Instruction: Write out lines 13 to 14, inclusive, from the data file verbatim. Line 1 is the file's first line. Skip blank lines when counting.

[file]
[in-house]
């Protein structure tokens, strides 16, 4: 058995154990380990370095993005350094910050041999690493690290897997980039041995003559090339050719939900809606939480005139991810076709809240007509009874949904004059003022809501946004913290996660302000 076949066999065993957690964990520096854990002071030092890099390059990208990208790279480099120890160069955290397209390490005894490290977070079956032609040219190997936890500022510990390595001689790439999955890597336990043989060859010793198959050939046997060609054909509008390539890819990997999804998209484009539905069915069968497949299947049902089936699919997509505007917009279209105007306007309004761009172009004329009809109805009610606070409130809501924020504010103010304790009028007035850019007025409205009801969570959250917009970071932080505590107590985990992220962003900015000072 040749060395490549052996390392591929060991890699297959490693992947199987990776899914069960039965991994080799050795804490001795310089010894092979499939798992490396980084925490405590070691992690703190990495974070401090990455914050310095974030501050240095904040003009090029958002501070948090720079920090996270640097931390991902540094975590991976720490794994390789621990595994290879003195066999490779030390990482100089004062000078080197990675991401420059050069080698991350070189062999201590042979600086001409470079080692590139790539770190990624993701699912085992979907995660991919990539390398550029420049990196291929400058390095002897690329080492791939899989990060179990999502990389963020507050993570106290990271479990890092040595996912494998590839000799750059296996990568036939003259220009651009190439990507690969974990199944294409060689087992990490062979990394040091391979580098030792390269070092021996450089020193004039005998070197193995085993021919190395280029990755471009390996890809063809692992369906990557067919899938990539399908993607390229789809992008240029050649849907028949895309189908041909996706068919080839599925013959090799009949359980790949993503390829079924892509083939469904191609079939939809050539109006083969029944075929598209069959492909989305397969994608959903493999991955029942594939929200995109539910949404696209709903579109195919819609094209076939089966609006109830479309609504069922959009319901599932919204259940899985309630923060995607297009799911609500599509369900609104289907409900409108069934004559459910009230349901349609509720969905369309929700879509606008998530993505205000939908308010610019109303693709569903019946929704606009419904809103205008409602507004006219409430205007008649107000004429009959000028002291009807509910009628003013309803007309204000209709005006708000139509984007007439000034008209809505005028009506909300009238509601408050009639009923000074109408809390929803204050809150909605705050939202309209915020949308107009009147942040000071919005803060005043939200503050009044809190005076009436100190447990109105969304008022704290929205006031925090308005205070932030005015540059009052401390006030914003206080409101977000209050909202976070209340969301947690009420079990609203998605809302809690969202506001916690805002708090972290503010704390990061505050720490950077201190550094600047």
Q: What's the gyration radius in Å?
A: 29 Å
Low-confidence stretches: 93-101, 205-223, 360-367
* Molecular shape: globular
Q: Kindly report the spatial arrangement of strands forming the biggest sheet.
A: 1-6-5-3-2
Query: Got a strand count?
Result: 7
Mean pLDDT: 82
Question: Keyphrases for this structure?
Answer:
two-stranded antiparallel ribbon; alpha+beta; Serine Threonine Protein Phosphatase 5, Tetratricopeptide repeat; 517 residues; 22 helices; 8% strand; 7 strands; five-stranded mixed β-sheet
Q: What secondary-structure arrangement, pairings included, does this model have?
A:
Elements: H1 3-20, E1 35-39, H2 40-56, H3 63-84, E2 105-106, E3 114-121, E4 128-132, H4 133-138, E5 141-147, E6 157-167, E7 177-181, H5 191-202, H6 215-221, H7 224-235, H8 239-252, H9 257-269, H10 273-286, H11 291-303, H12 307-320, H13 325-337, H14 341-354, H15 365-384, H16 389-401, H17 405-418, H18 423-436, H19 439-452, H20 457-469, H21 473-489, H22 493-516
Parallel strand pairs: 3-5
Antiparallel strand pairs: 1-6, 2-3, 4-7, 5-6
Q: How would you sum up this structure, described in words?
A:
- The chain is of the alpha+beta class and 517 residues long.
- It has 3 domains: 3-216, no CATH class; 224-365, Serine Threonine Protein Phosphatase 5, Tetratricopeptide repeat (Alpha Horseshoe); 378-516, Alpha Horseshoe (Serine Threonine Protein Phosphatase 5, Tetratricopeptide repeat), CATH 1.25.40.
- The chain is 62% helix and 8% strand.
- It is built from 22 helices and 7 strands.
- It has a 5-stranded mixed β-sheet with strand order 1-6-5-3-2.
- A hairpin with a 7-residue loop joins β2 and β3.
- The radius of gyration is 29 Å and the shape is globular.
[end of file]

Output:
Answer:
two-stranded antiparallel ribbon; alpha+beta; Serine Threonine Protein Phosphatase 5, Tetratricopeptide repeat; 517 residues; 22 helices; 8% strand; 7 strands; five-stranded mixed β-sheet